Bruyneel might have to copy Cyrille Guimard who I think had to use his team car as a weapon and threaten to run Lucien Van Impe off the road in order to make the Belgian attack. Van Impe got the message, attacked and ultimately won the Tour de France.

      • So true. And what if Andy really is Fränk and Fränk is Andy, just like Edward Norton in Primal Fear where Aaron Stampler under considerable pressure from Martin Vail (Richard Gere) turned into “Roy”.

      • Inrng, just responding to the perception of the “Schlecks doing what they want”. Setting my disrespect of Bruyneel’s media tactics aside for a moment, is it even an option for him to leave Andy Schleck off the TdF team? If you have 3 Tours left on contract to work with an individual, why continue to enable the behaviour? Let the team know (behind closed doors and not in the media) what performance indicators you are expecting of them and then reward performance (or positive trending performance) with a spot on the team. Action speaks louder than words.

        • @Kat: I agree with Bruyneel letting RNT riders know what his performance expectations are within the privacy of the team (and rewarding performance with a roster pick). Where the Schlecks are concerned, using the media has backfired and only made things far worse than they already were.

          For Johan, he has mainly Cancellara’s two March wins (Strade Bianche and Tirreno-Adriatico, St. 7) and Fuglsang winning in Luxembourg yesterday (plus Gallopin’s Young Rider Classification in Oman). Cancellara’s just coming back from injury and Fuglsang could be a solid choice for GC for the Tour.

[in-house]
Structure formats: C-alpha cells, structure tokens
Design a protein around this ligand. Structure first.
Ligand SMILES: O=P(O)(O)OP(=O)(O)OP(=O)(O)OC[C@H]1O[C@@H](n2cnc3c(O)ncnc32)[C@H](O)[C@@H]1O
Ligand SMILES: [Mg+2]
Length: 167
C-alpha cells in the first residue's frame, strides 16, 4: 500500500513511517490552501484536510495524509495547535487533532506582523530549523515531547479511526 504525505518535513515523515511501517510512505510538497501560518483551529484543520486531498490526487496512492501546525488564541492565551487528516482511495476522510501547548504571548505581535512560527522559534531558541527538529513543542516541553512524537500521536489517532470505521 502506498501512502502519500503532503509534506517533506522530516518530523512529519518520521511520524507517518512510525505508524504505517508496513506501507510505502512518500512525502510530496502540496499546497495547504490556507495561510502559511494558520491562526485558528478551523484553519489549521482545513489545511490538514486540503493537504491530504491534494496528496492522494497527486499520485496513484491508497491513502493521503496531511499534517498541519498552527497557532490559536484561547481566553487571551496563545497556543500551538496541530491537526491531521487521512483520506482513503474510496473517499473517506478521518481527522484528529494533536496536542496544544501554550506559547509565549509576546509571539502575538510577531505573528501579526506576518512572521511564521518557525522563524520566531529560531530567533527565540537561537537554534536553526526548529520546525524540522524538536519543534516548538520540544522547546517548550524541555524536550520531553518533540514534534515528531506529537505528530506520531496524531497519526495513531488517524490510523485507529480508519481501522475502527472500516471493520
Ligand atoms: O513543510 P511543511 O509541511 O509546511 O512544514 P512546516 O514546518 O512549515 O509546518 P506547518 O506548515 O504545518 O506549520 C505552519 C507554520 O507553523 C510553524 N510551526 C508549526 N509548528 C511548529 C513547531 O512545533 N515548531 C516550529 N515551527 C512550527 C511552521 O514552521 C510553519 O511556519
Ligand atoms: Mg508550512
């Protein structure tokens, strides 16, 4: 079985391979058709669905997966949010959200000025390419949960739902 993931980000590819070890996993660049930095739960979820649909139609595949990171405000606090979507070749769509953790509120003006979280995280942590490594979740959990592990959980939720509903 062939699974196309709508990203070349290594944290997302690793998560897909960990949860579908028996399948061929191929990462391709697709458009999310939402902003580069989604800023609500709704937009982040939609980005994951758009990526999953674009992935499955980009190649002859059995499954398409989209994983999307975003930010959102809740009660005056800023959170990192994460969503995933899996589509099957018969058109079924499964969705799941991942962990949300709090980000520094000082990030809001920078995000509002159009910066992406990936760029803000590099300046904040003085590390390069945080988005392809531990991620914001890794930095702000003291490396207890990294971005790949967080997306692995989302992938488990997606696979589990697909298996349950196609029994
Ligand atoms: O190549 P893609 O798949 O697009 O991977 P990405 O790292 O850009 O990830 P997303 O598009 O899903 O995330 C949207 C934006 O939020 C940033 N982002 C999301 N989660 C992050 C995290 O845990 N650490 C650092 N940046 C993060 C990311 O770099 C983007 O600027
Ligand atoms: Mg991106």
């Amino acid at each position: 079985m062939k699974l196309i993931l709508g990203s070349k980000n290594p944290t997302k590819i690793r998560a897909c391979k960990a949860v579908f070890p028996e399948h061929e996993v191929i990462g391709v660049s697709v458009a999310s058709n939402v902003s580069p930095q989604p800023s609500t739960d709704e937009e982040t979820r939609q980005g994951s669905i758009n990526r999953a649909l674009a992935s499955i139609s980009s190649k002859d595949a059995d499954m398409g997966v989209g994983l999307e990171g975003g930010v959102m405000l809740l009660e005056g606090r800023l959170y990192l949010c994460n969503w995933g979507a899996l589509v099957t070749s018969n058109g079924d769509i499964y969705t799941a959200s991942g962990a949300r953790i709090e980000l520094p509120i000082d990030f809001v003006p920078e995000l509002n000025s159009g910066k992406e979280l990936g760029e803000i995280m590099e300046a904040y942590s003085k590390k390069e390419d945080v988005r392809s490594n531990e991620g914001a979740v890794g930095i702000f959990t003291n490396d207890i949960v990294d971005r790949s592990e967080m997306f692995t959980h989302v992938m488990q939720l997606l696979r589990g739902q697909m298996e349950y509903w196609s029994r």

There aren’t enough wins this season to reward. I surmise that the reason RNT has had a poor season has to do with its management. Look at the impressive team roster. With all the past successes of its riders (aside from injuries), why on Earth would so many be having a lackluster season all at once? Low team morale is my guess. Bruyneel’s sports psychology implementation on the Schlecks hasn’t worked, but nothing else has worked on most of the team either.

          Kinda late in the game for Johan to pull tricks out of a hat. This season is sunk for them.

  4. It might take the threats of running lil’ Andy off the road – he looked pretty pathetic on today’s stage. BRAVO to Evans, attacking on the DESCENT! Everyone will say if their fave’s doing well here it’s a sure indication of their wonderful results come July while the ones with faves not-so-good will say there’s still time. All one can believe is JULY is the beeg shew and nothing here (other than crashes or injuries) really has much bearing on LeTour…that’s why they have the race after all.